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The vision for Emmanuel Schools Foundation (ESF) came originally from Sir Peter Vardy, John Burn OBE, Michael (now Lord) Bates, and a small number of other pioneers.

They were inspired to use a government initiative in the late 1980s to found new schools with a Christian ethos in the most disadvantaged areas in the North of England by drawing on the expertise of successful business leaders.

They saw an opportunity to build schools where the pursuit of academic excellence would go hand in hand with the development of character. The achievements of students in the schools of the Emmanuel Schools Foundation – and the reputation that ESF alumni would go on to acquire – has since born out their conviction that these two goals are inextricably linked.

The first school, Emmanuel College, opened its doors in 1990 and proved to be a catalyst in raising post-16 stay-on rates in Gateshead from below 20% in 1990 to higher than 80%. Furthermore, it contributed to the Borough rising from a position of low performance in the late 1980s to occupying that of leading LA in Tyneside. One of the few surviving City Technology Colleges, Emmanuel’s success is said to have contributed to the blueprint for the subsequent Academies programme.

Encouraged by its success and popularity, Sir Peter’s Emmanuel Schools Foundation went on to sponsor three further schools under the Academies programme. After two decades as sponsor and chairman of ESF, Sir Peter stepped aside and the Foundation is now a self-sustaining charity and Multi Academy Trust (MAT).

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Named after an eighth-century monk and scholar from Northumbria, Bede Academy, Blyth, opened in 2009 as one of the first “all-through” Academies in England, educating students from age 3 to 19.
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The Emmanuel Schools Foundation has been involved in education since 1989.
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Examination results last year placed Bede Academy in the top 8% of state-funded schools in England for Progress 8 and for progress in mathematics.
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To celebrate its 25th anniversary Emmanuel College raised £45,000 to build a primary school in Tembisa township, South Africa.
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The King's Academy, a specialist business and enterprise Academy in Coulby Newham, South Middlesbrough, opened as an 11-19 school of 1200 students in September 2003.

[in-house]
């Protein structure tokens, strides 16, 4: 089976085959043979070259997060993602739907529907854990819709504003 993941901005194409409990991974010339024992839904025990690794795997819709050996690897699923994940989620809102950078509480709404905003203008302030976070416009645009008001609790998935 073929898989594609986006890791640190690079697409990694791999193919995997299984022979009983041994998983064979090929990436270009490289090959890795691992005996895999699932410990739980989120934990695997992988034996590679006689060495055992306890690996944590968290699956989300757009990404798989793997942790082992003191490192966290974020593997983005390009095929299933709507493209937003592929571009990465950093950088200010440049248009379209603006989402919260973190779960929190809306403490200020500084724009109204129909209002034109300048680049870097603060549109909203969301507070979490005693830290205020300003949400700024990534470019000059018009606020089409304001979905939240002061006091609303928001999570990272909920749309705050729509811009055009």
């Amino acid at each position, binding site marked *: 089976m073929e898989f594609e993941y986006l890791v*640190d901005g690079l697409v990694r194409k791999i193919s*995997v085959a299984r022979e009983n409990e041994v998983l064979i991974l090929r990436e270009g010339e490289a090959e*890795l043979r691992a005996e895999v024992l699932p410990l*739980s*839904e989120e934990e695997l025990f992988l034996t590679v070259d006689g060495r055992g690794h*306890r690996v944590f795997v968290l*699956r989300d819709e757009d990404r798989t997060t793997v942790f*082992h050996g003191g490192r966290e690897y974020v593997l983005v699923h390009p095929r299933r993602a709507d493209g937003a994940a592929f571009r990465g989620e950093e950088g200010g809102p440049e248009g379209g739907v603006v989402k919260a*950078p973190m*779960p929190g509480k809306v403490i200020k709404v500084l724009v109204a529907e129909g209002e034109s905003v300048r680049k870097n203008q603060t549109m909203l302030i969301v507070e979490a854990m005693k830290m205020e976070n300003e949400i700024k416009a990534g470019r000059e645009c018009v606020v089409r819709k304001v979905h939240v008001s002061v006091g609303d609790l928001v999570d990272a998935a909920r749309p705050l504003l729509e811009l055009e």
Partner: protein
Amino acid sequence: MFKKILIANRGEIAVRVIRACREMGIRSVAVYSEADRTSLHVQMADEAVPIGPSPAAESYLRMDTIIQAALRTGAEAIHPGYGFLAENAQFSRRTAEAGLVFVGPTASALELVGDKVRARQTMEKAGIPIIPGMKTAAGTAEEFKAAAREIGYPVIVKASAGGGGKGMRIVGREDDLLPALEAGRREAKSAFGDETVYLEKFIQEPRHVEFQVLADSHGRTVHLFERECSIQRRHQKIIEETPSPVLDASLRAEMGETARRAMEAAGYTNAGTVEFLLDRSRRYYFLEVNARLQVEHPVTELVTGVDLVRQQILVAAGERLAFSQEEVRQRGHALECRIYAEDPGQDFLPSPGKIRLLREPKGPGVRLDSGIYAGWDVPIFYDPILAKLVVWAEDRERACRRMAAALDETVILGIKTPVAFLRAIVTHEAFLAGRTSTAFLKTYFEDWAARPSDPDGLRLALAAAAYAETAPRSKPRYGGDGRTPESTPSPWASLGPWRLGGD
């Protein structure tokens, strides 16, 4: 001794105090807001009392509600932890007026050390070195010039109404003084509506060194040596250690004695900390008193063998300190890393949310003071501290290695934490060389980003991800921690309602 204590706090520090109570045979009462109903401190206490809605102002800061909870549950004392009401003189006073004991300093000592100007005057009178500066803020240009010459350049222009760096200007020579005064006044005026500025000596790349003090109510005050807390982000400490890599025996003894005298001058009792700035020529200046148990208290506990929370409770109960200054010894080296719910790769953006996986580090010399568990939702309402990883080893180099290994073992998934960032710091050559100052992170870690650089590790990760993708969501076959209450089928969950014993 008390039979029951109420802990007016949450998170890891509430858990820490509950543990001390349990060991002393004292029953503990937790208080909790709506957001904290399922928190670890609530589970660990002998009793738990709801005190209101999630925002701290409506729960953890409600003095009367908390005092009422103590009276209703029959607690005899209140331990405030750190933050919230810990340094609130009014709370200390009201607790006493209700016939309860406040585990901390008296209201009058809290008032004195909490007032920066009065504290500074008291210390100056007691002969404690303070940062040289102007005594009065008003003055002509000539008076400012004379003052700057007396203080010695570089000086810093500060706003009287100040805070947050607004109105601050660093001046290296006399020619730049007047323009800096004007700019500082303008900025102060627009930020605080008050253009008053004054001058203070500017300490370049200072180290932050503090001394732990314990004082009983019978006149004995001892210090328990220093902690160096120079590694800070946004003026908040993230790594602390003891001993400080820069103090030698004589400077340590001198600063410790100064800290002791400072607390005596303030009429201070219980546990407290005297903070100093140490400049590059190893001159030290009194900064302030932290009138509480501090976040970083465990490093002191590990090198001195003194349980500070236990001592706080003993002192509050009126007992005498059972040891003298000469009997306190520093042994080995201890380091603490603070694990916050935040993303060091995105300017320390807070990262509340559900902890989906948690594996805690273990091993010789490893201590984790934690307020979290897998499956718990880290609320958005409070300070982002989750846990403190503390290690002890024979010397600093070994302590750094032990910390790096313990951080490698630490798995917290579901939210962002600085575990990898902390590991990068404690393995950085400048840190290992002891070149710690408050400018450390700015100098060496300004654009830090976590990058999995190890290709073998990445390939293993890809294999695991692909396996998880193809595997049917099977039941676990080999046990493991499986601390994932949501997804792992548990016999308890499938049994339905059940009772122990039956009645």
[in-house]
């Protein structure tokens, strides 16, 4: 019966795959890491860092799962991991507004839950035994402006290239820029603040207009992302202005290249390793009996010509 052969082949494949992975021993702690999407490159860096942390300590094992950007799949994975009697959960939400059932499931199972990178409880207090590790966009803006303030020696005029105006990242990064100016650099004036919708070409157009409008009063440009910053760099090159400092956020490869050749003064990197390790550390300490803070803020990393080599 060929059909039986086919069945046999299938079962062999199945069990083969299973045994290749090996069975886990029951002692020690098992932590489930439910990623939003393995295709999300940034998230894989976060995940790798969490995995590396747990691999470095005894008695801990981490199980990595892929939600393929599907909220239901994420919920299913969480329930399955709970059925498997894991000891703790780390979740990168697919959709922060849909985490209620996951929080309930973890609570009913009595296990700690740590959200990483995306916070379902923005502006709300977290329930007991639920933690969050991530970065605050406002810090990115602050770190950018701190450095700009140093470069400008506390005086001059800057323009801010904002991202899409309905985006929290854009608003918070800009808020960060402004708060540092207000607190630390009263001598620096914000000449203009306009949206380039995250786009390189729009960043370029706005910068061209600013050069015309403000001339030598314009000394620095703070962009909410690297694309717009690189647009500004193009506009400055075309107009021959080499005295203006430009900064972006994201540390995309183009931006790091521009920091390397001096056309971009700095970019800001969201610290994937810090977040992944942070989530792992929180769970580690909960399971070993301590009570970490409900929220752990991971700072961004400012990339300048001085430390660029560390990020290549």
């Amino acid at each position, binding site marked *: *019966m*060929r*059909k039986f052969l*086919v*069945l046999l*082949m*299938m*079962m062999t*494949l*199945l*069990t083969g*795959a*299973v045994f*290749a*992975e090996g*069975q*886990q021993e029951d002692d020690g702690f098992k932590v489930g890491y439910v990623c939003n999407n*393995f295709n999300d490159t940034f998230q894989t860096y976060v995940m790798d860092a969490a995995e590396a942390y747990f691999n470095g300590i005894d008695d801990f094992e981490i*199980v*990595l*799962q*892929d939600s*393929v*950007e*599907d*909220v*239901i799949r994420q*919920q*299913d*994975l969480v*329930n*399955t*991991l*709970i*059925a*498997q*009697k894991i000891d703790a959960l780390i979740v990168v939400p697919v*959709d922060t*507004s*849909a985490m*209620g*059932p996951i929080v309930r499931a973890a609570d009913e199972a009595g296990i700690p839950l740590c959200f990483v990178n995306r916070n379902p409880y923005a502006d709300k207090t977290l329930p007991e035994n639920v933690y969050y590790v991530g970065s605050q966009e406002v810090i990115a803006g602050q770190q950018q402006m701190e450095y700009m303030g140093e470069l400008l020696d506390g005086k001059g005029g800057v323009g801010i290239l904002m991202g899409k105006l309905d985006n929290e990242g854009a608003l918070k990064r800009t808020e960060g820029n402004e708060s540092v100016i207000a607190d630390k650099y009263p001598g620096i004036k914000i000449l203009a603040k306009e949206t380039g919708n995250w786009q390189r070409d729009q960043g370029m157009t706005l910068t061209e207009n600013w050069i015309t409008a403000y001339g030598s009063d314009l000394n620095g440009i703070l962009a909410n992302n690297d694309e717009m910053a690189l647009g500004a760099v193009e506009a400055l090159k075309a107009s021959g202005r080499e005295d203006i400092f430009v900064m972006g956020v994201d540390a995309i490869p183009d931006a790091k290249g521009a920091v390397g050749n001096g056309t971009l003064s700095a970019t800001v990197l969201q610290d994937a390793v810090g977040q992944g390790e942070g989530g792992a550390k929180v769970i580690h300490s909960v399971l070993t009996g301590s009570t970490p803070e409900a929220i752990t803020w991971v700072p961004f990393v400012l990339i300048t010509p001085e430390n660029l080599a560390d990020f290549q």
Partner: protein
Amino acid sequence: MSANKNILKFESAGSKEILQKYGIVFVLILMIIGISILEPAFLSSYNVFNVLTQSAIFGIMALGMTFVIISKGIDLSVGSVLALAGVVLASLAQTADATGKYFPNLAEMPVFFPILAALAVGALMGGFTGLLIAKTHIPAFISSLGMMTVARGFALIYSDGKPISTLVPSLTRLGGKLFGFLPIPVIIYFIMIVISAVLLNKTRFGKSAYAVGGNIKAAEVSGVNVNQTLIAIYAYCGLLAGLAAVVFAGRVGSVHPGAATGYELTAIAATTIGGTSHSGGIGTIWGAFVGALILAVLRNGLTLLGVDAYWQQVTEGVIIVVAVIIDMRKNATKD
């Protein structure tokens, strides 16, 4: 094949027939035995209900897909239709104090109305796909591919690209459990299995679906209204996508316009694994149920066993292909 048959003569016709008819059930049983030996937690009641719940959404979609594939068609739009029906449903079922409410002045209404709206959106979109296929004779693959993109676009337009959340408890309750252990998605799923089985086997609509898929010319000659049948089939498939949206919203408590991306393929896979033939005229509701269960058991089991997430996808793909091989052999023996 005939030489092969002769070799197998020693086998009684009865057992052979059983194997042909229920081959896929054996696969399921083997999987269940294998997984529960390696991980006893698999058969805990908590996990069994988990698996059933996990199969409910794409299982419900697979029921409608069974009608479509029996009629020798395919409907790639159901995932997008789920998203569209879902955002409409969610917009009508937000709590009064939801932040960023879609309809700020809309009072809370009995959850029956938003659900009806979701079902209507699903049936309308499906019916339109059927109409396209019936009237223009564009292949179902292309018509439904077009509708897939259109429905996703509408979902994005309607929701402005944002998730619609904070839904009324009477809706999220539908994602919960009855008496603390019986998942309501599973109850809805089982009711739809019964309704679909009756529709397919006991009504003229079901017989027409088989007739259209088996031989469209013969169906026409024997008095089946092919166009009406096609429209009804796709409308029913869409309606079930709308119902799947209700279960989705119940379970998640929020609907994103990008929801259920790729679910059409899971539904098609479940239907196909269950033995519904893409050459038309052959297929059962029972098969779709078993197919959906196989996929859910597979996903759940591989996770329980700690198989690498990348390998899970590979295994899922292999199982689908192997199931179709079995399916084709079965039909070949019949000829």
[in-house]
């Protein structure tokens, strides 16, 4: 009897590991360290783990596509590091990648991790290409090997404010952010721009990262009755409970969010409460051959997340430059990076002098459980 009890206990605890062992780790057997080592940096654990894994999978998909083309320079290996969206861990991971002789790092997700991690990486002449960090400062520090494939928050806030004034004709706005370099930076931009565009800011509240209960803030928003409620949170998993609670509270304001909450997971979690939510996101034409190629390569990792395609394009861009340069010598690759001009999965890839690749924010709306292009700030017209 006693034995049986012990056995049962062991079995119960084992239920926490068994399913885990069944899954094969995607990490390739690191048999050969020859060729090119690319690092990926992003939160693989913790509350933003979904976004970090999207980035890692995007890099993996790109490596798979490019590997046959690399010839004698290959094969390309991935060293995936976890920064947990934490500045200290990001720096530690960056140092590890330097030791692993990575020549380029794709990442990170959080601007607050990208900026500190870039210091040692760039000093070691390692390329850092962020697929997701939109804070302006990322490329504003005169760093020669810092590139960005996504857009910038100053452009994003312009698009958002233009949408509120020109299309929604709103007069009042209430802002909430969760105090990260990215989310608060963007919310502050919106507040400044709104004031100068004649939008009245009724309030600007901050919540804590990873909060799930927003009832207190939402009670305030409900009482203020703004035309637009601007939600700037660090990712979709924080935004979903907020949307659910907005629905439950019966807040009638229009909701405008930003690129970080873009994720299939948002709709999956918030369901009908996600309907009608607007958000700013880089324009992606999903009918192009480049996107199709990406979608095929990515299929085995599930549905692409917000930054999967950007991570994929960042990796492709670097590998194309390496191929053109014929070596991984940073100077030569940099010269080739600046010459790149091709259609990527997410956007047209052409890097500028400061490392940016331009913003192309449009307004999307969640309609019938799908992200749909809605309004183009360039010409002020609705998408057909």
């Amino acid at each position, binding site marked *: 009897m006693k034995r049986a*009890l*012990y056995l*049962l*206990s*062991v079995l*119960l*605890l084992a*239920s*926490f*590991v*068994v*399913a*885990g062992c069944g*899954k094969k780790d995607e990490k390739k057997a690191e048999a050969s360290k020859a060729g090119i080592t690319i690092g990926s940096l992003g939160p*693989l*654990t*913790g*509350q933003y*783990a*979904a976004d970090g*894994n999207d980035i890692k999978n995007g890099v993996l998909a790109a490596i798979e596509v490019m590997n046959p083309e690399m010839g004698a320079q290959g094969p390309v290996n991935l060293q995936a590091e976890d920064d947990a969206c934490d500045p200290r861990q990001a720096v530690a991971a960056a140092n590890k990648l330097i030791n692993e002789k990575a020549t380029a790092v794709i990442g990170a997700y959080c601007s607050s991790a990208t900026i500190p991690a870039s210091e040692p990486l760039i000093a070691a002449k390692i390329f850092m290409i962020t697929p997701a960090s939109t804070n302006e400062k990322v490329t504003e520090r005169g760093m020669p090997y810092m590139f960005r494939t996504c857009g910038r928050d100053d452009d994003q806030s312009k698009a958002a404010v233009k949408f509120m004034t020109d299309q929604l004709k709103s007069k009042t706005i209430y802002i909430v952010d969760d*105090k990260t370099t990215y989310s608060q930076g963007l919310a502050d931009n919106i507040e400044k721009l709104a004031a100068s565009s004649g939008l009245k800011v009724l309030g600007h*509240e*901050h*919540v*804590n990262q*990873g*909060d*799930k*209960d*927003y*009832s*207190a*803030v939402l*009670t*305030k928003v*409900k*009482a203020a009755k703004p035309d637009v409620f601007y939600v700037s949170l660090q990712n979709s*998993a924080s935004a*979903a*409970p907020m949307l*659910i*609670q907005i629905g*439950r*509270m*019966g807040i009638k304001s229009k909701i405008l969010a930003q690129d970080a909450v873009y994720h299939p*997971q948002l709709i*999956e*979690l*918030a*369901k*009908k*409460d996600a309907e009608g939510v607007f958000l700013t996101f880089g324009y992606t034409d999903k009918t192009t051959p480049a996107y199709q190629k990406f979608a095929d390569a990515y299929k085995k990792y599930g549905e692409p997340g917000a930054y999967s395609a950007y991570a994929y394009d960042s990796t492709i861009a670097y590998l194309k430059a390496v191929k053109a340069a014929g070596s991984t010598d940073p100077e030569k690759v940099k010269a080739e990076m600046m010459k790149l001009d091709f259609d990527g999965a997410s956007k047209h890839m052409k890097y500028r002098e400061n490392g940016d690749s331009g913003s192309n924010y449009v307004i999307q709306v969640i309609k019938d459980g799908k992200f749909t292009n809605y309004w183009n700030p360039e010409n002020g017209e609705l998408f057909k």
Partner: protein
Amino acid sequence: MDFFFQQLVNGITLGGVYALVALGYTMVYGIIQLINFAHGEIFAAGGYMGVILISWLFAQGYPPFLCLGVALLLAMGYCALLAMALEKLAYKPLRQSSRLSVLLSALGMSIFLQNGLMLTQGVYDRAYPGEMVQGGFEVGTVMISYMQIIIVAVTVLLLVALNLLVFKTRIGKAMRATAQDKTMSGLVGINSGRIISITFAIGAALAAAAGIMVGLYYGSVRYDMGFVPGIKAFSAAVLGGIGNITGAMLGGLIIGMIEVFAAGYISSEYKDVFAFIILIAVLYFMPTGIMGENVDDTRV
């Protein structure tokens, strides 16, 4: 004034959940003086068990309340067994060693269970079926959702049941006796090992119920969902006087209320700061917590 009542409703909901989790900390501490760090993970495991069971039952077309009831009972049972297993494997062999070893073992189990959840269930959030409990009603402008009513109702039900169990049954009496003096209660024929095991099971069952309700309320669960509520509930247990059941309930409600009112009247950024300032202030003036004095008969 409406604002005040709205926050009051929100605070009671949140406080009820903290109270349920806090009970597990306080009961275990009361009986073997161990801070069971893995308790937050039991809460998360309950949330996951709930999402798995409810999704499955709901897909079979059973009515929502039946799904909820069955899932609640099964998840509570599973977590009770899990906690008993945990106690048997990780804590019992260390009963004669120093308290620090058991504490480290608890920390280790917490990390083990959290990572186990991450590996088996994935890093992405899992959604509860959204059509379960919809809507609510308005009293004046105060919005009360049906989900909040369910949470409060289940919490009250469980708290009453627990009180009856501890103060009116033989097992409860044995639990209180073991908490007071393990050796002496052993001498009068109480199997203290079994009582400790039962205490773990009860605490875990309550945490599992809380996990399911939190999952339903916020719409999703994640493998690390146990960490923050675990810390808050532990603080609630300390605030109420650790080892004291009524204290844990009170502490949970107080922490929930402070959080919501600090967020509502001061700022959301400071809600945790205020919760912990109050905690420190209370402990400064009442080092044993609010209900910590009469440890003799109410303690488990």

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Emmanuel College was founded in 1990 as Tyneside’s City Technology College (CTC) and opened with just 150 Year 7 students. Emmanuel now educates over 1,300 students across the 11 to 19 age range.
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After opening in 2005, Trinity Academy became the most improved school in England, and was named as the “most improved school in Yorkshire” for three consecutive years.
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The King’s Academy, Middlesbrough, marked its tenth anniversary with its best results to date and a £1.2m investment in Sixth Form and Performing Arts facilities.
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Trinity Academy in Thorne was described as “a beacon of hope” by Lord Andrew Adonis, Education Advisor to Prime Minister Tony Blair, in 2007.
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In its first decade, The King’s Academy was placed among the top 10% of schools in England for added value and became the “most improved school in the North East”.
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In the five Ofsted inspections over the course of its history, Emmanuel has maintained an unbroken record of Ofsted “Outstanding”.
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Emmanuel College students’ academic results place the College amongst the highest ranked schools in England for both progress and attainment.
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Trinity Academy opened in September 2005 and replaced Thorne Grammar School as it celebrated its 75th Anniversary.
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The King’s Academy welcomes four times the average proportion of students with special needs, and its provision for these young people has been described as “exemplary” and “outstanding”.